Is it a crime to call a suicide hotline when you’re only tentatively contemplating suicide and not on a ledge? This is an excerpt from (my) Steven Richard’s forthcoming black-comedy memoir.
The pain and stress mounted. Everything was a mess. I was in a joyless relationship with someone who was depressed in her own right, the migraines were unrelenting, the abortive drugs running out, and the preventive medication that the doctor had me on wasn’t reducing the migraines at all—instead it induced feelings of mania and thoughts of suicide.
Other than the typical case of teen angst, depression wasn’t something I’d ever suffered from in the slightest. But the side effects from the preventive drug made me not feel like myself, and caused my problems to seem so much worse.
It’s with stunning clarity I remember making the call. Penny and I were sitting in the kitchen reading the news. Then she said she was going upstairs to use the computer. Once she was gone I pulled from my pocket the slip of paper with one of those suicide hotline numbers on it, that I’d scribbled earlier. I wasn’t suicidal per se, but did have the occasional feelings of hopelessness. My goal was to call not when I was most down, but when I was calm and collected enough to have the most rational insightful conversation possible.
“Suicide hotline,” a voice on the other end said.
“Yeah, um…” I gulped hard and continued. “I sometimes have suicidal thoughts, and just kind of wanted to, ya know, talk to someone.” There was a brief pause.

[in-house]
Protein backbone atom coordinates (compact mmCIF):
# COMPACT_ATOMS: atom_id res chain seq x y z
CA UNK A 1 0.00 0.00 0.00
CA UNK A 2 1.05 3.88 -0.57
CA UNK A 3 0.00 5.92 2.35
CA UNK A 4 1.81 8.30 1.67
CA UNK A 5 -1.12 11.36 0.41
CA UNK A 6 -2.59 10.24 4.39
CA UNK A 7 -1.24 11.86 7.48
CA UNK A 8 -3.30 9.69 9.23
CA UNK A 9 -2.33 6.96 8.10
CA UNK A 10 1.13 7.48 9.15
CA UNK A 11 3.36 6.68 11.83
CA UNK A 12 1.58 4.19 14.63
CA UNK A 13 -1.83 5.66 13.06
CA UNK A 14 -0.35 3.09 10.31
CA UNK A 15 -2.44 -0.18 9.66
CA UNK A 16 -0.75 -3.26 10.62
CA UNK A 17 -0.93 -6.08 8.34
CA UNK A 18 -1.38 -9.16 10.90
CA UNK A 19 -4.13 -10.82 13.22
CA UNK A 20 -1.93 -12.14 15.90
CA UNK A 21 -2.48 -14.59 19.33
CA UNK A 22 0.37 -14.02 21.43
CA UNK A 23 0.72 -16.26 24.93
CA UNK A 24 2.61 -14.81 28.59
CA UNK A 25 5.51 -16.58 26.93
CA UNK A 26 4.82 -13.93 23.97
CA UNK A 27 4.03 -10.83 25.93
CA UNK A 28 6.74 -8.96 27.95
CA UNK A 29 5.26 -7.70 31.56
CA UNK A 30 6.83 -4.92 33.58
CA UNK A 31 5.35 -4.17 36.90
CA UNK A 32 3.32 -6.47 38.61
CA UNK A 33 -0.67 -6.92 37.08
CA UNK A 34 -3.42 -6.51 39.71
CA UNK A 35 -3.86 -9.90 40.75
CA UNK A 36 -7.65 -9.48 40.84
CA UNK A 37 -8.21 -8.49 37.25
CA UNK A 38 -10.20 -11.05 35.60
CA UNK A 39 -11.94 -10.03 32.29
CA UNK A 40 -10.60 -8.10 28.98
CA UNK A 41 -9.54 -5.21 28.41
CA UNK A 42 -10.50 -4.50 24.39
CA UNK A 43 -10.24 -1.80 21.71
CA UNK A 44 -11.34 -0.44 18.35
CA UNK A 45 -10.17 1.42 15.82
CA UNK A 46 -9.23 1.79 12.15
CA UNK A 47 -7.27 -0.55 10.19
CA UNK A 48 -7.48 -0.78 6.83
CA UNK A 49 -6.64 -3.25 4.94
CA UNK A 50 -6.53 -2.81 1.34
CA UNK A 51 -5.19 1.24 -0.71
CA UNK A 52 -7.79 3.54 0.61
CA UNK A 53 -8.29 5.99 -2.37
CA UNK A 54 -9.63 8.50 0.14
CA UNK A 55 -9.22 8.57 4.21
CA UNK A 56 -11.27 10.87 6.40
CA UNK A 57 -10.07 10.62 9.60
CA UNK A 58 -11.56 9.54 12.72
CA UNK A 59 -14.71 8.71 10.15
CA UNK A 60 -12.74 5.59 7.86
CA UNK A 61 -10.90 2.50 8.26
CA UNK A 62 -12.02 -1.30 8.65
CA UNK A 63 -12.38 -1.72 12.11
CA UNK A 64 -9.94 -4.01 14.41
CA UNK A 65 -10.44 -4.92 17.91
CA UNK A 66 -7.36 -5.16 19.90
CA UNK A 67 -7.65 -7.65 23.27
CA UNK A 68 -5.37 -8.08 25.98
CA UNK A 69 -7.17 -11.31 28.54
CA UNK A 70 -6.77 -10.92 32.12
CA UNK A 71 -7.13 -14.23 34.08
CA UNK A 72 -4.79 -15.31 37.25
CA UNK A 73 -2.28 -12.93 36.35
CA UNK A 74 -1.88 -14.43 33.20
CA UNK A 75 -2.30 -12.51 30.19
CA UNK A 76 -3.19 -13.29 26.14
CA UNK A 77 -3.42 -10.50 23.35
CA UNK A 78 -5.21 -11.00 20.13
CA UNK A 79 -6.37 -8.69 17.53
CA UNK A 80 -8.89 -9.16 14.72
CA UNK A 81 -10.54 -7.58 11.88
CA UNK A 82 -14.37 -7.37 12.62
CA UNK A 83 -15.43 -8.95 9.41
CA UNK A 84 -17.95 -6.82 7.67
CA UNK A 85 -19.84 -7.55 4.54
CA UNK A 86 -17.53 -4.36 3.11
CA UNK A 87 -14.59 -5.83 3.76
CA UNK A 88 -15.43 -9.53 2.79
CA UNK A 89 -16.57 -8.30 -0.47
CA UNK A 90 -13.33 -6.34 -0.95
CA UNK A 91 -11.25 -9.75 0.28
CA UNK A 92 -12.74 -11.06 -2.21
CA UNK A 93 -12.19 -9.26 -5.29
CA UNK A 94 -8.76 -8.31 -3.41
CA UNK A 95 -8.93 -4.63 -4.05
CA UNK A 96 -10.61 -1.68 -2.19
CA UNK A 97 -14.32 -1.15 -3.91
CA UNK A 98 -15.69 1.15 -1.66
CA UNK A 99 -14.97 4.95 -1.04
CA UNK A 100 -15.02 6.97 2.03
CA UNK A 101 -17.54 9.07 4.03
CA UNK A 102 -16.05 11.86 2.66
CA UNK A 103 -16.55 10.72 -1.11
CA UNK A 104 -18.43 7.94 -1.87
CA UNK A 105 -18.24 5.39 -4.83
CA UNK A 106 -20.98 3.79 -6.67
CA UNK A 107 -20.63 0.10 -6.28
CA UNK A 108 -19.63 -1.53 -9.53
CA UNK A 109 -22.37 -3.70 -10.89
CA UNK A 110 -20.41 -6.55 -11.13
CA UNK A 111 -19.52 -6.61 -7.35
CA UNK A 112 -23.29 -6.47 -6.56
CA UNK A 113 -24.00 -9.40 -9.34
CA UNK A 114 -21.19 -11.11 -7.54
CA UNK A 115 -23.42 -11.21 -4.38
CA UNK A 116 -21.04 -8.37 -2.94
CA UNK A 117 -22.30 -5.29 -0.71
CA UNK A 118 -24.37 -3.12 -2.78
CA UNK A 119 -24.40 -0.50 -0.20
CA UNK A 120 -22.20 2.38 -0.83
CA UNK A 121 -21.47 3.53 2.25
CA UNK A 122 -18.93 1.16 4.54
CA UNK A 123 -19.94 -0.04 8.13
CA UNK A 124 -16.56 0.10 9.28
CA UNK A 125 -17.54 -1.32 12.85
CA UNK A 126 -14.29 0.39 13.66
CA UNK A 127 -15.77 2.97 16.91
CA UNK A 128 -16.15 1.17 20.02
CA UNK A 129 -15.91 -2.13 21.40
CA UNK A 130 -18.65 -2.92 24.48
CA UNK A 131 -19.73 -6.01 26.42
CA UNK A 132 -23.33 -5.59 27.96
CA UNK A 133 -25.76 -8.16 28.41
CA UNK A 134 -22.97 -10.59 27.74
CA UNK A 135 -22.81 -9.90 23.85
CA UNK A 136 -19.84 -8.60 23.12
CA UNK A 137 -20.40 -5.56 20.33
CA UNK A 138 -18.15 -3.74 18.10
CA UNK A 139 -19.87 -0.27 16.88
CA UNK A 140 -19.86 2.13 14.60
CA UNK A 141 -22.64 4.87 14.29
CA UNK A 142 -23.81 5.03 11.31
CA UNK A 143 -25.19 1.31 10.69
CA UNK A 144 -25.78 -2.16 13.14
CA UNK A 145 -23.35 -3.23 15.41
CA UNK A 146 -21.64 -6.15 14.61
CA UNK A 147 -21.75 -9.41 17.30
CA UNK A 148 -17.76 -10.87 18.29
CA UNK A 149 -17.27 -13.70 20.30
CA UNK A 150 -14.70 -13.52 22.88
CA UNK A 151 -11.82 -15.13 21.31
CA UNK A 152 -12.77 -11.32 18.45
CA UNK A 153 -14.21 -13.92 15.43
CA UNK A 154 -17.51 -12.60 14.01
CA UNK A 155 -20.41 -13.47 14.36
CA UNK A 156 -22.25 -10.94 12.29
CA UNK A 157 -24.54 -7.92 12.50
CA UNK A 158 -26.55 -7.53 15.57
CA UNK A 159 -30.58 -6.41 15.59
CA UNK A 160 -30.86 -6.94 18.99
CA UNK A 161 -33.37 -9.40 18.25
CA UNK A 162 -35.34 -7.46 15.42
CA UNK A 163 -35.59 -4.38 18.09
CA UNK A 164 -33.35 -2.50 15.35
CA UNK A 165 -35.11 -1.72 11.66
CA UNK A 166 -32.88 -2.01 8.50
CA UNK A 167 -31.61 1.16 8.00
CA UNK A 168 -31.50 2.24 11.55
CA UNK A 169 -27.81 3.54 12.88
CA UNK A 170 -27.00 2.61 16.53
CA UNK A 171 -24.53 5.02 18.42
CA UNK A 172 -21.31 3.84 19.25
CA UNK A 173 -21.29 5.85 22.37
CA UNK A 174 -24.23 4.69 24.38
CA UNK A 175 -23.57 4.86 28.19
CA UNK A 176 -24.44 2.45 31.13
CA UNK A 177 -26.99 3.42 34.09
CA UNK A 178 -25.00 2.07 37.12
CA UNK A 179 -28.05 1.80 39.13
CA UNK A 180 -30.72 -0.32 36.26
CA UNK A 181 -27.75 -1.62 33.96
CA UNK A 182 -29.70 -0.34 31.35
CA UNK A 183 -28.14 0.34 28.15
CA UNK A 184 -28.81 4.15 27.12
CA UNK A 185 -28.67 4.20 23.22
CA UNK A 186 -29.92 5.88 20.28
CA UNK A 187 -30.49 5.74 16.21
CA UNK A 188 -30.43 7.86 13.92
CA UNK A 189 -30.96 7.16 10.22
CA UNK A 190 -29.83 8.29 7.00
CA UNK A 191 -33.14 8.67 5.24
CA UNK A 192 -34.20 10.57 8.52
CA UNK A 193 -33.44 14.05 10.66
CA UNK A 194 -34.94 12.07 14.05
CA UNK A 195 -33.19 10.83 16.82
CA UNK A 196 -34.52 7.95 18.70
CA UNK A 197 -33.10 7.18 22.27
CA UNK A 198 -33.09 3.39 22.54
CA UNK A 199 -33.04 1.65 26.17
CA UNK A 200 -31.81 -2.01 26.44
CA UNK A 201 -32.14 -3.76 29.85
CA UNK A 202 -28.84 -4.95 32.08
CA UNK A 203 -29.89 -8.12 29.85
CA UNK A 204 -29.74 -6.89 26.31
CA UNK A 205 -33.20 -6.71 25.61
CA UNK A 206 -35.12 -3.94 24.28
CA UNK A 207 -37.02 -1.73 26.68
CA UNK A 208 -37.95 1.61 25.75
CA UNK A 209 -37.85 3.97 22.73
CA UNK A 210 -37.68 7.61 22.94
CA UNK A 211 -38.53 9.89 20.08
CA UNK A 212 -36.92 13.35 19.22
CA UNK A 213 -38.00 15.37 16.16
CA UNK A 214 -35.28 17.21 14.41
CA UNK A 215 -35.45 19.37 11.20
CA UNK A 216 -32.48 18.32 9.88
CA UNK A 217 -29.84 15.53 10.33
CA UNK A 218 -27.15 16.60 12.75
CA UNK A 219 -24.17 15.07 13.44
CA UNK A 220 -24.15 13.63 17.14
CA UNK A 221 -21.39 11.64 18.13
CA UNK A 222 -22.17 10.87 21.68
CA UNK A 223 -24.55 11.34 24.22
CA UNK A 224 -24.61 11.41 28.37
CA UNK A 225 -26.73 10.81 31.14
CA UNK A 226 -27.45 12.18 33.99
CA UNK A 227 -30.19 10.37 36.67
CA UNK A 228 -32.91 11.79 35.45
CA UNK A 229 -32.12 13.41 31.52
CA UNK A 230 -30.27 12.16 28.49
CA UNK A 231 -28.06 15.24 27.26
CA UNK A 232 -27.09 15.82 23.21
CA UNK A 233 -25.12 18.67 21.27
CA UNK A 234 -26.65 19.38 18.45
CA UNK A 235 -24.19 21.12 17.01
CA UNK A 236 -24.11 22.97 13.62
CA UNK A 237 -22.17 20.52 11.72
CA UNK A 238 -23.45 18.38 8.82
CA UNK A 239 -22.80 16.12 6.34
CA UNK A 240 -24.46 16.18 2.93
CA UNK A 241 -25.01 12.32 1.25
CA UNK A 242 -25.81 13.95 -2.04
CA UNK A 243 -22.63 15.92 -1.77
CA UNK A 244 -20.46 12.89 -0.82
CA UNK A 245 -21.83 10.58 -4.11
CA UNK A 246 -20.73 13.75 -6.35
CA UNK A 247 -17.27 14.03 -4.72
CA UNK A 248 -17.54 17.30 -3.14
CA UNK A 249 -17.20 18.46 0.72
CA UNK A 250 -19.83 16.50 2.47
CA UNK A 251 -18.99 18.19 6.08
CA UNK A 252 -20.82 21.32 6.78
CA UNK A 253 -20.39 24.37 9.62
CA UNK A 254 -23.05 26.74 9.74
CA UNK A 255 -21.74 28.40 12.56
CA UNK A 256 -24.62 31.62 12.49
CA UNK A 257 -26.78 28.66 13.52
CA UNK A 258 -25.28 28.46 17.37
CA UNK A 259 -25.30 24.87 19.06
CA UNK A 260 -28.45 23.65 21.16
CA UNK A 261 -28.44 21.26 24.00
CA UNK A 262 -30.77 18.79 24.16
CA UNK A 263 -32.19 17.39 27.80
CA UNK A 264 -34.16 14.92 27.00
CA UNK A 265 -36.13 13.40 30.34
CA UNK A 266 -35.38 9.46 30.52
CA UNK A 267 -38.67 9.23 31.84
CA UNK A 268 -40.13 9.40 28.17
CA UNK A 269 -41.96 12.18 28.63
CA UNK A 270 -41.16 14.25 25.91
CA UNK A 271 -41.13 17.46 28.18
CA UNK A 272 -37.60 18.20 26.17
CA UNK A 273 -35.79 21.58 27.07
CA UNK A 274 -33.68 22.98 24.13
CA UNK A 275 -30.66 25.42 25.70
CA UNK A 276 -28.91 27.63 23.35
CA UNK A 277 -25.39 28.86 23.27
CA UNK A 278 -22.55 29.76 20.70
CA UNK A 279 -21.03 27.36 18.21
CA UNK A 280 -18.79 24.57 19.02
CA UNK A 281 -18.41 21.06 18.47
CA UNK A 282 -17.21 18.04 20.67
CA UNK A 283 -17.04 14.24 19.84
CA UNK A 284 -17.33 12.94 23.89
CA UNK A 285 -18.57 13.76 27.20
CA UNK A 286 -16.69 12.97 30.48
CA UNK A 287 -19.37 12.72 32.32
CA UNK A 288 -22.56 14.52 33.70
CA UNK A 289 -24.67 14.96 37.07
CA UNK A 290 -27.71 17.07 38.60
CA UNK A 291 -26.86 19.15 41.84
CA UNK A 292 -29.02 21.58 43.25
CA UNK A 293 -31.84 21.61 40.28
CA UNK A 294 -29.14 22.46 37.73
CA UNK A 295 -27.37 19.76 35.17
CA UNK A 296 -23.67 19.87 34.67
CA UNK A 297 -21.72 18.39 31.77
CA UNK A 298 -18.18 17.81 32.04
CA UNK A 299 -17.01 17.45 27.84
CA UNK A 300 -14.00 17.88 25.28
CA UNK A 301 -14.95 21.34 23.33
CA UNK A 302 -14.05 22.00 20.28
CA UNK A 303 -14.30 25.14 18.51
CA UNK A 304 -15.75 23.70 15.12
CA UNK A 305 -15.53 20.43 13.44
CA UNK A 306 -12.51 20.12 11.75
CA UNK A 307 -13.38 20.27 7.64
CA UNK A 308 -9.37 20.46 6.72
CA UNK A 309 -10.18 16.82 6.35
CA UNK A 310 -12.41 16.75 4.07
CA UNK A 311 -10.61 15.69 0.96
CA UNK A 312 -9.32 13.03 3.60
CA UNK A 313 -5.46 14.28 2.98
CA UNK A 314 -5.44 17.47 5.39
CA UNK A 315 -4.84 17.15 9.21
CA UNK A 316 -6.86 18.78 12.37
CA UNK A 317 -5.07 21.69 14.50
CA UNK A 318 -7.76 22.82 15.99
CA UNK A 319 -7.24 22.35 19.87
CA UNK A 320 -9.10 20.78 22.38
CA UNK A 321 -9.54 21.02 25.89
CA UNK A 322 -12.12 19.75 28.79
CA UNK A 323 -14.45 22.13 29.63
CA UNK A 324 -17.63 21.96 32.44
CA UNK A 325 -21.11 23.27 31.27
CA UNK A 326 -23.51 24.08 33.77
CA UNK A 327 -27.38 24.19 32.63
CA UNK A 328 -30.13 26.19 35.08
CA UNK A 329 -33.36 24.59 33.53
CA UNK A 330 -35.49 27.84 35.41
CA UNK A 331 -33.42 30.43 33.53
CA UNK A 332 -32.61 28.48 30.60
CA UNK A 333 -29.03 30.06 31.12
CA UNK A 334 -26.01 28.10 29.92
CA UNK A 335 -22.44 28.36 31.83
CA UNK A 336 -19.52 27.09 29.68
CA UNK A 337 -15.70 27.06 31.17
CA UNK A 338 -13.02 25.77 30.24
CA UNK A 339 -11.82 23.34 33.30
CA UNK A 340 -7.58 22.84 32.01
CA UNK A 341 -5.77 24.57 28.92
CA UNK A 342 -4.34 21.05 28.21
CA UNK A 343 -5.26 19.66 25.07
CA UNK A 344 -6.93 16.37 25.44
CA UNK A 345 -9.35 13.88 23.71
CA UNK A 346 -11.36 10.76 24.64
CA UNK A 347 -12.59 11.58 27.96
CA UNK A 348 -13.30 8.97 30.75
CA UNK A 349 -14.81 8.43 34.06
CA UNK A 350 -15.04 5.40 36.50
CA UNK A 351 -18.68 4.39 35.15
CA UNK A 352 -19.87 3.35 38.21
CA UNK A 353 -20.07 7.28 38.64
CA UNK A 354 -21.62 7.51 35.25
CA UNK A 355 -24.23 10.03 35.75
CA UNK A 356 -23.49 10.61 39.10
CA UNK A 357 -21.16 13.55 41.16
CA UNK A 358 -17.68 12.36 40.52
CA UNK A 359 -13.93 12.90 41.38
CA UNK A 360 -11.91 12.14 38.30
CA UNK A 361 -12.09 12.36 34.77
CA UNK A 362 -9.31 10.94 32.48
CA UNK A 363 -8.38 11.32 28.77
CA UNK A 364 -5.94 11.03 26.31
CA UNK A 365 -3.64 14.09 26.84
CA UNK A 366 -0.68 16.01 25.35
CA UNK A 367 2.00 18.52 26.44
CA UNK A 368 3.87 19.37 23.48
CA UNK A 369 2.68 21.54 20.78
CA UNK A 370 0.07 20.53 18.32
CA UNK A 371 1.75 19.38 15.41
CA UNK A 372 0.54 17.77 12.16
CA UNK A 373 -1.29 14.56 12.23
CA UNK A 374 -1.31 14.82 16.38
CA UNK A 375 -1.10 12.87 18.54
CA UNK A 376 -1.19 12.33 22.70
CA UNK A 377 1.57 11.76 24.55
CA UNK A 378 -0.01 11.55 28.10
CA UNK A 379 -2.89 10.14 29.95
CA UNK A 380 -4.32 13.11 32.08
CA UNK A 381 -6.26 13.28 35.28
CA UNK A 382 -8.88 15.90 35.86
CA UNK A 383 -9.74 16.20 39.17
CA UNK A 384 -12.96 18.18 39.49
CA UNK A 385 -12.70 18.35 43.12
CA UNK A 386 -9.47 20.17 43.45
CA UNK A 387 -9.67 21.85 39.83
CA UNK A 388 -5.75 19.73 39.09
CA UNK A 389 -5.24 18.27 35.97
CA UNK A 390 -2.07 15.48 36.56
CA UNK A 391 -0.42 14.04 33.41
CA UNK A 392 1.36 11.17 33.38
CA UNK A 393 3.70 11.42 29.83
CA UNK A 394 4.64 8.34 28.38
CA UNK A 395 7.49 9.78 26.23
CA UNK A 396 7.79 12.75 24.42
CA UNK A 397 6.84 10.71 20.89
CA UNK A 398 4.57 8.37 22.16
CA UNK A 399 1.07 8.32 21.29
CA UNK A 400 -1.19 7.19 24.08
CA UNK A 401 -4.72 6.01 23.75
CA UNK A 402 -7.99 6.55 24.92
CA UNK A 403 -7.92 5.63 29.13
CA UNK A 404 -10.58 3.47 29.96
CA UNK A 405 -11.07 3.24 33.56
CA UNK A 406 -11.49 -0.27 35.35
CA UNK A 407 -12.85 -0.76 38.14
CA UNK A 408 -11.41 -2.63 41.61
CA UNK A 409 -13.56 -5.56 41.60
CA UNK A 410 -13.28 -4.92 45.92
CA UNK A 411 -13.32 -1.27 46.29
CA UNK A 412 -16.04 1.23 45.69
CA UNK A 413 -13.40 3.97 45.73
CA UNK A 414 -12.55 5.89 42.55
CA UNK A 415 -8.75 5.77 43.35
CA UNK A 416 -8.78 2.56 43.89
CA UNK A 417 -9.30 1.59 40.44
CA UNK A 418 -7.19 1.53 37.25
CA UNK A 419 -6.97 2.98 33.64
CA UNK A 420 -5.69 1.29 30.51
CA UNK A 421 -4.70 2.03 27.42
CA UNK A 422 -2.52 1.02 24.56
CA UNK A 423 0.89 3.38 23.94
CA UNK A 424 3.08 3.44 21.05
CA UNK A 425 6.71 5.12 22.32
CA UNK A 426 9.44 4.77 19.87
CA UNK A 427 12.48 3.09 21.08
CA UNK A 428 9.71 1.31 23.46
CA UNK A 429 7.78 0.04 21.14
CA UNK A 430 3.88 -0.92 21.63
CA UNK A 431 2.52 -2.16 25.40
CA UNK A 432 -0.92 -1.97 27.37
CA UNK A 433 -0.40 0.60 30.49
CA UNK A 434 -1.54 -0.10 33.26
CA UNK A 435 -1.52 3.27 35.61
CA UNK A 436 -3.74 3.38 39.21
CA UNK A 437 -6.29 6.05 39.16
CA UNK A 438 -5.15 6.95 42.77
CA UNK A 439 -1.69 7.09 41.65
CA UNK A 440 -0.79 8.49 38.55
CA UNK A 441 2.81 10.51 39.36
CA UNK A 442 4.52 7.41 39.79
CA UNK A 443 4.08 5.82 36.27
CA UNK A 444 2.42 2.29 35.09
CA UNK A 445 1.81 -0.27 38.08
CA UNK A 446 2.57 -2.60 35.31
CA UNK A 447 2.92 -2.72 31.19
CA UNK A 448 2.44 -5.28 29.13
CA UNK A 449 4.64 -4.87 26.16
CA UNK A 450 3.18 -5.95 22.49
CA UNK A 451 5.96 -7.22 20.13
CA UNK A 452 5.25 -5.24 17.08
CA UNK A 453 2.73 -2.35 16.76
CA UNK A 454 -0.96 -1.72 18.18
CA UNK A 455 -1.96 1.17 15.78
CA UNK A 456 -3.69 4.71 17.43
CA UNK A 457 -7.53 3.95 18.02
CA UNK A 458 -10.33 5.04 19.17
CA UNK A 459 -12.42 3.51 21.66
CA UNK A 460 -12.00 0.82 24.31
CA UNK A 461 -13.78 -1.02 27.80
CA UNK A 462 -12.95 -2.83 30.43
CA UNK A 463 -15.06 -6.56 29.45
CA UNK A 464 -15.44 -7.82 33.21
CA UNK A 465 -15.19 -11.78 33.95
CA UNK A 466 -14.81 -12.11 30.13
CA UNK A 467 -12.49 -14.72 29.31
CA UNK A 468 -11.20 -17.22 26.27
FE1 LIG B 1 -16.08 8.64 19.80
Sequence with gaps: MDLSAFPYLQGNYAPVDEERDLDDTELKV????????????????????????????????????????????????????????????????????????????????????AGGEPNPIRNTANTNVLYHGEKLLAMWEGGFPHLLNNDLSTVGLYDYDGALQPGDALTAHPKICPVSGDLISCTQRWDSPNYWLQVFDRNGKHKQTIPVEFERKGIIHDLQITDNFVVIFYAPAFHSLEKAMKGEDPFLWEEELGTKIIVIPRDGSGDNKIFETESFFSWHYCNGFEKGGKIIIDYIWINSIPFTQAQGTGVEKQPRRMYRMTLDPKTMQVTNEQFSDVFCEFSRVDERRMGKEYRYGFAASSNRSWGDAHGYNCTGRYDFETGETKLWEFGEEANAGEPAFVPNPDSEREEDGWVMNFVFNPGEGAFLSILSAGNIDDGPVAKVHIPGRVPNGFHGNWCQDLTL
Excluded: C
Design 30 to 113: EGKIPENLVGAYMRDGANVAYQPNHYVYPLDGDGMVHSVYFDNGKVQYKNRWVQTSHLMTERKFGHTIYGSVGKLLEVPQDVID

“So, you are not suicidal right now?” I answered, “Correct,” explaining how as of late things weren’t going too well and I sometimes had thoughts of suicide—but not at that very moment.
“We’re gonna have to ask you to call back. We wanna keep the lines open for emergency cases,” the man said.
I was stunned. Was he fucking kidding? Did dude just tell me in not so many words to call back when I had the gun in my mouth? I was seeking a comforting voice and he pretty much told me I was wasting his time. Unhappy about where the conversation had headed I let him know as much by raising my voice and expressing the frustrations of being brushed to the wayside.
He then asked if I was alone and where I lived. Two seconds before the guy couldn’t give a shit, but after he got me all bubbly-blooded it seemed he was aiming to call in the cavalry.
It’s a great confusion that many people mistake frustration for anxiety or depression. Since he’d fallen into that trap I spent the next two minutes convincing him I was fine, and also fearing he’d have my call traced to send someone by.
In a strange way, the absurdity of the situation made me feel a bit better about it all, but did nothing of course to stop the physiological pain and dependence I was suffering.
Do you or someone you know need help?
Typically in articles of this nature there are links to find help at the end. While I recognise the irony in providing them, I am still going to do so. While I did have a terrible experience calling one of those numbers, it’s my hope that it doesn’t happen to someone else.
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